Condolences to the Allen Family

Condolences to the Allen Family

Condolences to the Allen Family 

It is with deep sorrow that we express our heartfelt sympathies to the Allen Family.  Brother David Allen fell asleep in Jesus on 19th March 2018. 

Susanna’s memories of her Dad 

I always knew this day would come, but secretly I hoped it would be many more years away. I can’t thank you enough for all the things you have done and taught me over the last 28 years. Your passion for life and positive attitude has helped me through many difficult times. I will miss hearing your words of wisdom. I am so glad that 28 years ago when the doctor brought you another girl you were excited even though you all thought that by the third one you would finally get a boy. We were always your precious darlings, and you treated us like princesses. 

As we were growing up you spent hours with us teaching us about God and His love. If there ever was a church activity, you and mum made sure we were involved.  

We shared a love of sweet foods, especially Mars Bars, and as kids we would always fight over who would go with you to the shops because we knew that you would buy us a special treat. You always made us promise not to tell mum, but as we got older we kind of figured out she probably knew anyway.  

I am so thankful for the years you brought us to work with you at the grapes and strawberries. The lessons we learnt in perseverance and doing our best are still so strongly engraved in our lives today. We were so lucky to spend each day together as a family. Lunch times were the best part of the day. Not only did it mean the day would end soon but it was a time where we would sit together as a family. We would sit on the shady side all in a line and eat our sandwiches. After you finished eating you would lay down for a few minutes and put your hat over your eyes. At the end of this mini nap you would always say, “Come on girls, this won’t get the baby a frock.” When decoded this meant that we better get up and get back to work.  

After a day’s work we would often go and play tennis or squash. You were very competitive and would never let anyone win. Not even a small little girl who desperately wanted to beat her dad at squash. I only ever came close once to beating you. I am so thankful for these lessons you taught me that if I really wanted to win or achieve something I would need to work for it.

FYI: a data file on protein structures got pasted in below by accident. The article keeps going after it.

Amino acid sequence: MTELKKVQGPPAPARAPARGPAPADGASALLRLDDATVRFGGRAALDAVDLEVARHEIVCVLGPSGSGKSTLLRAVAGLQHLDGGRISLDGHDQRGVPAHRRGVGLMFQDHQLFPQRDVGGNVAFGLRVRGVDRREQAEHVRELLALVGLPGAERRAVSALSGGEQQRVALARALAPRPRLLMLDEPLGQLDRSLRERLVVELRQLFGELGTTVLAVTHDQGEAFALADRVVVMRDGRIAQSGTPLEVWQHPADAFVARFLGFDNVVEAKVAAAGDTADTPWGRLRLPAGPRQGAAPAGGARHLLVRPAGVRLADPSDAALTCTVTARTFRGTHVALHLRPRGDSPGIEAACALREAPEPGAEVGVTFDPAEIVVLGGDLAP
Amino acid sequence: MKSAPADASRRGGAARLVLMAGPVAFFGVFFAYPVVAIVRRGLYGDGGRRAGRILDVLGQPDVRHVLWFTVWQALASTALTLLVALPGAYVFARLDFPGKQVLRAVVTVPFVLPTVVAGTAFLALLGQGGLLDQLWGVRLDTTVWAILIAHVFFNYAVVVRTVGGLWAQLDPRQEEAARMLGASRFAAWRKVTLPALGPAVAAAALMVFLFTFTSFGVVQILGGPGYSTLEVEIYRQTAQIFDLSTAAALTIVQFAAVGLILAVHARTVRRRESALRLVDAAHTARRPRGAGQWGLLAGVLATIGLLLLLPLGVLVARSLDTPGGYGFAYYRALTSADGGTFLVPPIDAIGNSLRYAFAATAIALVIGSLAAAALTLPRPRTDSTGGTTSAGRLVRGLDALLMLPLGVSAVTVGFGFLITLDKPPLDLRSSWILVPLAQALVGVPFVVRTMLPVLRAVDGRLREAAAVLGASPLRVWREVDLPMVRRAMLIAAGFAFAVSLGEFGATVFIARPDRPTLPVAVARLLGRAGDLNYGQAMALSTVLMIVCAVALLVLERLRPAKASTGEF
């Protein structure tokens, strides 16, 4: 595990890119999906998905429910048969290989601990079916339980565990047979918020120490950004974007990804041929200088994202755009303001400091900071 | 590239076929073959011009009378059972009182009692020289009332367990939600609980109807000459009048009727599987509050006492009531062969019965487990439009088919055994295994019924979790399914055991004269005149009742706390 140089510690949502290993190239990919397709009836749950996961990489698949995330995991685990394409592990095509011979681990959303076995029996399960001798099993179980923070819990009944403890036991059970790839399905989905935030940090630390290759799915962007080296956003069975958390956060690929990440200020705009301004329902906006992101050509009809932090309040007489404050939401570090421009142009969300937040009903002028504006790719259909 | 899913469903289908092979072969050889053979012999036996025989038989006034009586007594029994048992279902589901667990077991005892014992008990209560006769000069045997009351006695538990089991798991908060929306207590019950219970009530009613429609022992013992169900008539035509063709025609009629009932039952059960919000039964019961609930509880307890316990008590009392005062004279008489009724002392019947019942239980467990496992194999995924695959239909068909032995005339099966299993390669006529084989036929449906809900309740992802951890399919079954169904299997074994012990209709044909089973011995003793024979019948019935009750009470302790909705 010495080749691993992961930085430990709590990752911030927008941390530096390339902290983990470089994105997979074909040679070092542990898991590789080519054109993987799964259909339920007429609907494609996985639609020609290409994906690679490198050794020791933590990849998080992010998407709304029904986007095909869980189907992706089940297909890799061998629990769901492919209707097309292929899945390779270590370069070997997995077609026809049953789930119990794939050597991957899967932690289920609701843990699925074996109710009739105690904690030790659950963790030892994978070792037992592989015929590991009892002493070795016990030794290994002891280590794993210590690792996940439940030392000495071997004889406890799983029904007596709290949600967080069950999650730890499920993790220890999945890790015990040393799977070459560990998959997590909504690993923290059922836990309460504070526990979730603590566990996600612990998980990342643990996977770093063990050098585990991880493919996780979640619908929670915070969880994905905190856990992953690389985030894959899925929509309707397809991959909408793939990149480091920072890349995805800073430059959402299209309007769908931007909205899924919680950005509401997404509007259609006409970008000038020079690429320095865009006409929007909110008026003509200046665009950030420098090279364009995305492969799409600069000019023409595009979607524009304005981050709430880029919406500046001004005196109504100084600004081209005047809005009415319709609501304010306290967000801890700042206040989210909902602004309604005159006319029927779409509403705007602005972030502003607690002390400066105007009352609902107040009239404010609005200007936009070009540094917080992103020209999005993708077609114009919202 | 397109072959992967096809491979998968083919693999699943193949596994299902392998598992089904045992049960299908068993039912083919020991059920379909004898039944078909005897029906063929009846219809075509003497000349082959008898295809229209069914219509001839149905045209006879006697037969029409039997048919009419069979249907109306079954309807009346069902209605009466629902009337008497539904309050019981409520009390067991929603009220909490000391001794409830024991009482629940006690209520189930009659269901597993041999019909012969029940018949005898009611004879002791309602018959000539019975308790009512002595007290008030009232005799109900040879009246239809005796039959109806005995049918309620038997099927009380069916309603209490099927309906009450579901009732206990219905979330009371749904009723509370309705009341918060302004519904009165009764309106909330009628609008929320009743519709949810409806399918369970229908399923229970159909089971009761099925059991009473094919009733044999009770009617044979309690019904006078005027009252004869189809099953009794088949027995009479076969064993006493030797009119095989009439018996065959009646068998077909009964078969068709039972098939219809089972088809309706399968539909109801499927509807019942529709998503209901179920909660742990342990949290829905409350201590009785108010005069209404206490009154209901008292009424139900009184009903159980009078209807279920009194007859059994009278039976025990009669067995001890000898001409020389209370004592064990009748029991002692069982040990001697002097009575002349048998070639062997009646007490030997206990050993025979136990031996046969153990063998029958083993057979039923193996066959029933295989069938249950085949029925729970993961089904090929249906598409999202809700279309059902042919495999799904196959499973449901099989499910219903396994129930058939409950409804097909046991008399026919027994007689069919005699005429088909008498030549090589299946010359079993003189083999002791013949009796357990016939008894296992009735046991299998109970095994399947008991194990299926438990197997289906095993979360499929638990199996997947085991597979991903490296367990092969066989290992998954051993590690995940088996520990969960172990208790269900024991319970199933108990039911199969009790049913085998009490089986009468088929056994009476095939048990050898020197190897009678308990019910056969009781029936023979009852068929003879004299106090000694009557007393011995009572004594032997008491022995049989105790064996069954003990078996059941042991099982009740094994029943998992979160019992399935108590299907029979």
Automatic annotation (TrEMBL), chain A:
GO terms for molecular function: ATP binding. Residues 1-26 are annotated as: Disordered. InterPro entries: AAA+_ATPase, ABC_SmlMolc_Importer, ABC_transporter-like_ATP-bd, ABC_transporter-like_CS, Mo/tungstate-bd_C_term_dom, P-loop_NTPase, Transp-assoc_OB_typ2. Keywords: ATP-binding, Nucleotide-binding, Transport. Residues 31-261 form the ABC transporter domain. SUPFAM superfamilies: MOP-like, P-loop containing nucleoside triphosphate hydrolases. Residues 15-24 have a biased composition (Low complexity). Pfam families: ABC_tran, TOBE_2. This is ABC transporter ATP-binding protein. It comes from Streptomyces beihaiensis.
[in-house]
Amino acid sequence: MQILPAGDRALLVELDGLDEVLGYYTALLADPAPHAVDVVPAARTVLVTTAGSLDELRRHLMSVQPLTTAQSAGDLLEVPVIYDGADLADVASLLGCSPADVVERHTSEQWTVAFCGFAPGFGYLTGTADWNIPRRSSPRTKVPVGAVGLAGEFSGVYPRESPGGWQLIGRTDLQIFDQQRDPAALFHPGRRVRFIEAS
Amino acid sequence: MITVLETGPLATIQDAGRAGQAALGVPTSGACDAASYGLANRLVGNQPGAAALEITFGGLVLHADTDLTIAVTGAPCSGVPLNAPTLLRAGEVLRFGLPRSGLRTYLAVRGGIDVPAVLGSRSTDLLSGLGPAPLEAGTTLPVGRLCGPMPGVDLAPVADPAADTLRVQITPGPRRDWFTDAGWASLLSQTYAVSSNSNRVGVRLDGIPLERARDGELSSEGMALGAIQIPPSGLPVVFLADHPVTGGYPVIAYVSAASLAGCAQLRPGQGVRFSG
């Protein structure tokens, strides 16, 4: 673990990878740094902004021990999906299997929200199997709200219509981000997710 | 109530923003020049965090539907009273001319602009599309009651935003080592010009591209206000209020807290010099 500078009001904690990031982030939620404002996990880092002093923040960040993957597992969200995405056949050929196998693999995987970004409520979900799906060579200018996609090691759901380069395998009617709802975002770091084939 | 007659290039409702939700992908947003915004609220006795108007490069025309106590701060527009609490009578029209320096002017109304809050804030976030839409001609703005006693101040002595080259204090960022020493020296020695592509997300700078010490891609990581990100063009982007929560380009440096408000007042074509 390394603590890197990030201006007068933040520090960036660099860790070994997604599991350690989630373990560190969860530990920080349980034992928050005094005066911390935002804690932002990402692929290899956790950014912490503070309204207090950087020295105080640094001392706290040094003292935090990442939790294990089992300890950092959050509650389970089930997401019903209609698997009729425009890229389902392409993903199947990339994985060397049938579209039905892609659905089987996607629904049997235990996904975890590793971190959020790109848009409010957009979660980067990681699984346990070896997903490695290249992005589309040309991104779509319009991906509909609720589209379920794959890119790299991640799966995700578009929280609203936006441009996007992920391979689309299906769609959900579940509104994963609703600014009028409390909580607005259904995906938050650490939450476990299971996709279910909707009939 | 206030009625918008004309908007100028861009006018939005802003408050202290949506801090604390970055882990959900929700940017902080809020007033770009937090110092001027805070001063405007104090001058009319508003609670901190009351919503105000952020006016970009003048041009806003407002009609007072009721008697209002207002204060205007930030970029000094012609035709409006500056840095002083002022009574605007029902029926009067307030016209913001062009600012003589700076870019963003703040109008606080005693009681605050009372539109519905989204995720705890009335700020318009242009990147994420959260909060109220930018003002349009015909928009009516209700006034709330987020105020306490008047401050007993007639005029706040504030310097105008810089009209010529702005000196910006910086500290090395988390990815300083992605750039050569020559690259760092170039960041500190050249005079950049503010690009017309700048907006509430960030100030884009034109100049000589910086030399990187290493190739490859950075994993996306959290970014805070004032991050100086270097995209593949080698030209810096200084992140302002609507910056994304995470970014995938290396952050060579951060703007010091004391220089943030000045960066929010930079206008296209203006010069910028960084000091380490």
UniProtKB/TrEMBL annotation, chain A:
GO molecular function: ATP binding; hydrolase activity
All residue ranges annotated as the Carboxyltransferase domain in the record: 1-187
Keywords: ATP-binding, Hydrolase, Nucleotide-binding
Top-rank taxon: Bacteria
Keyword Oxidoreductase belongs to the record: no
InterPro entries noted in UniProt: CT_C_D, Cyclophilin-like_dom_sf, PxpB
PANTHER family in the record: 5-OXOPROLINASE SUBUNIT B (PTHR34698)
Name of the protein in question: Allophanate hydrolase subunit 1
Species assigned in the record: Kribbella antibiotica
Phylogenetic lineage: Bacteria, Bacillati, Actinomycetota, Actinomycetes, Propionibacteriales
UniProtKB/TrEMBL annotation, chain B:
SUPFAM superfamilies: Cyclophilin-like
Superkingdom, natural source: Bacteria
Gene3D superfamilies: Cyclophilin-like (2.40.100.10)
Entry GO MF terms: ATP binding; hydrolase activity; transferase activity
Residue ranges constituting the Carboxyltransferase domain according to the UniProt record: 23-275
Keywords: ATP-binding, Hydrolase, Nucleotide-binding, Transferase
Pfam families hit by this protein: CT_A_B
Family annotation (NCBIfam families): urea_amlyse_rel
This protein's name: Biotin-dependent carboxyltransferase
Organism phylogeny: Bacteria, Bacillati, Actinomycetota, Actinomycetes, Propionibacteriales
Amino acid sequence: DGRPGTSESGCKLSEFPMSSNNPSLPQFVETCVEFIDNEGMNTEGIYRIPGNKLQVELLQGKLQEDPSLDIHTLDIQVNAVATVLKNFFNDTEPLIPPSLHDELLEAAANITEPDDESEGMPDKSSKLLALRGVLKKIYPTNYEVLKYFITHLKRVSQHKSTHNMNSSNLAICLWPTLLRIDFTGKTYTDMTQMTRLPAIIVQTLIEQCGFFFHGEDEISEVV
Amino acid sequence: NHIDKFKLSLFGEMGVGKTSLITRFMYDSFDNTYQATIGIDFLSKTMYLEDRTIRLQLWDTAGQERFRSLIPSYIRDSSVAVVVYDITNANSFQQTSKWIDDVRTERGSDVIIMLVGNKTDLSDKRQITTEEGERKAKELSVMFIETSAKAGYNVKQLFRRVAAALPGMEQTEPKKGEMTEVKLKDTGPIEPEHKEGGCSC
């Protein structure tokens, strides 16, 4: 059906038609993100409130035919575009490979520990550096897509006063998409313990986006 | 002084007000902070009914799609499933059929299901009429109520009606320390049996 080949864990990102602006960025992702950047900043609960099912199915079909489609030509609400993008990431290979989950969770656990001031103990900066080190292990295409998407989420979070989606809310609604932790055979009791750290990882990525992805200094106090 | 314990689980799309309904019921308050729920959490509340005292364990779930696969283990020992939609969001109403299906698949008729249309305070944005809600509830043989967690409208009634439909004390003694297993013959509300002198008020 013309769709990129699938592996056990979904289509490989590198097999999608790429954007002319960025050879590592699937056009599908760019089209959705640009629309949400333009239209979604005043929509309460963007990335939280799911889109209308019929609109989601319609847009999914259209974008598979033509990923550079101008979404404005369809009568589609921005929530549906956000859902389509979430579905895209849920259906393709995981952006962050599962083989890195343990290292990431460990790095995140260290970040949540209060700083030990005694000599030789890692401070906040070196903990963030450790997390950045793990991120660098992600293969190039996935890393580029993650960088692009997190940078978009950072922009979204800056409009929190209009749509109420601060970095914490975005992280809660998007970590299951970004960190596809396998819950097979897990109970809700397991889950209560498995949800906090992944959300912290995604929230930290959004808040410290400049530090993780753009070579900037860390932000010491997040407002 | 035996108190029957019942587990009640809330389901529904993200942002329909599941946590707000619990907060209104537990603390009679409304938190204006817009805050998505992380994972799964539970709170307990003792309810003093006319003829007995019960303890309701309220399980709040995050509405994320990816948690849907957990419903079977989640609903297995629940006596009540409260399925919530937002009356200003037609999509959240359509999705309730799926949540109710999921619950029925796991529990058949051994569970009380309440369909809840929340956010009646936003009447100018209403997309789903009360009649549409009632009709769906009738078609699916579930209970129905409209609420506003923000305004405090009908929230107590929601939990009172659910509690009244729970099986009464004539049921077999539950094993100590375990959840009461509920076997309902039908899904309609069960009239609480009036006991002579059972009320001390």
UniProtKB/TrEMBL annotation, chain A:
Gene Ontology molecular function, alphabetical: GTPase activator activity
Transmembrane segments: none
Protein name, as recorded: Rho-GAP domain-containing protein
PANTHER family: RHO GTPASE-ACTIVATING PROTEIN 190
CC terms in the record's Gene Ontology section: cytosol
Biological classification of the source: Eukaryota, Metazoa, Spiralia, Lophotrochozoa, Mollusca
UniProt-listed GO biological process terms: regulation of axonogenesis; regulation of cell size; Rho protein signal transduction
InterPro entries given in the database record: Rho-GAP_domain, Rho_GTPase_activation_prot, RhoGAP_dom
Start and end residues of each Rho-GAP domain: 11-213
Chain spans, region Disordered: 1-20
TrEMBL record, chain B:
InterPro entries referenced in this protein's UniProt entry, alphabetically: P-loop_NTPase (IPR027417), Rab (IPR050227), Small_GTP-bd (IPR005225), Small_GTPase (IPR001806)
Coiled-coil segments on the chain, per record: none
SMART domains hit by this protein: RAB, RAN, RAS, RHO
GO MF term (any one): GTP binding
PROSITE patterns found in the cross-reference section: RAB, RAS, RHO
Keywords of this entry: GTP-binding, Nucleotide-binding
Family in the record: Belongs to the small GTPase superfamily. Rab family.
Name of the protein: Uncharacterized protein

I am so thankful for your value of education. Although your own education was limited due to your circumstances you valued education so highly to send me to good schools and help me achieve the best that I could. I want you to know that whatever I do in life, in the future you have impacted my path and helped me become the person that I am.  

When I was 11 mum and Rachel went overseas, and that left me and Josie at home with you. I remember you making the disappointment of not going easier by bribing us into a trip to Dreamworld. We had so much fun that day.  

Around this time, we had Michael Stoyko come and stay with us. I think he felt sorry for you not having mum to cook, so he would regularly make a baked dish. We didn’t really like eating this dish, and so you would secretly throw a little bit away each day, so he would think we had eaten some. Both Josie and I thought this was the funniest and struggled to keep a straight face.  

Your humour was something that made our lives so enjoyable.  

Every Sabbath morning around 7am when we lived in Woombye you would play “I’ll Fly Away” by Jim Reeves so loud on your surround sound it would wake the neighbourhood up. We would wish a little bit inside that we would fly away ourselves to another house, so we could sleep in. Oh, how I would give anything to go back and hear those songs and spend a little extra time together.  

Once we grew into young ladies you were always protective of us and who we hung out with. You gave us lots of right advice and guided us in the right path.  

We couldn’t have asked for a better dad. You spent all your time, energy and money making us happy. Well, probably a lot of money, if you can imagine taking three girls shopping at the Sunshine Plaza. But we were your precious girls, and you treated us in the most kind and gentlest way.  

You taught me to play the violin, and we often enjoyed moments together. Even a few weeks ago we played for the last time together. I will cherish this moment and think about it often. Thank you for the beautiful violin you bought me in your final weeks. I will play this violin and always think of you.  

Thank you for being a wonderful father-in-law to my husband and granddad to my child. Gabi loved your company and was really surprised when you said yes, he could marry me.  

Tamara will always remember her granddad and how you loved her and spent time with her. Her excitement to visit you and be with you is a reflection on the time, energy and love you bestowed upon her.  

So, Dad, although we say goodbye for a short time, just know you have impacted many lives and been such a positive influence on all that have come in contact with you. The many friends and family here today are a testament to your life.  

I can’t wait until the resurrection morning when together we will fly away into the clouds of glory to meet our dear Saviour and Lord. 

~ Susanna Mandic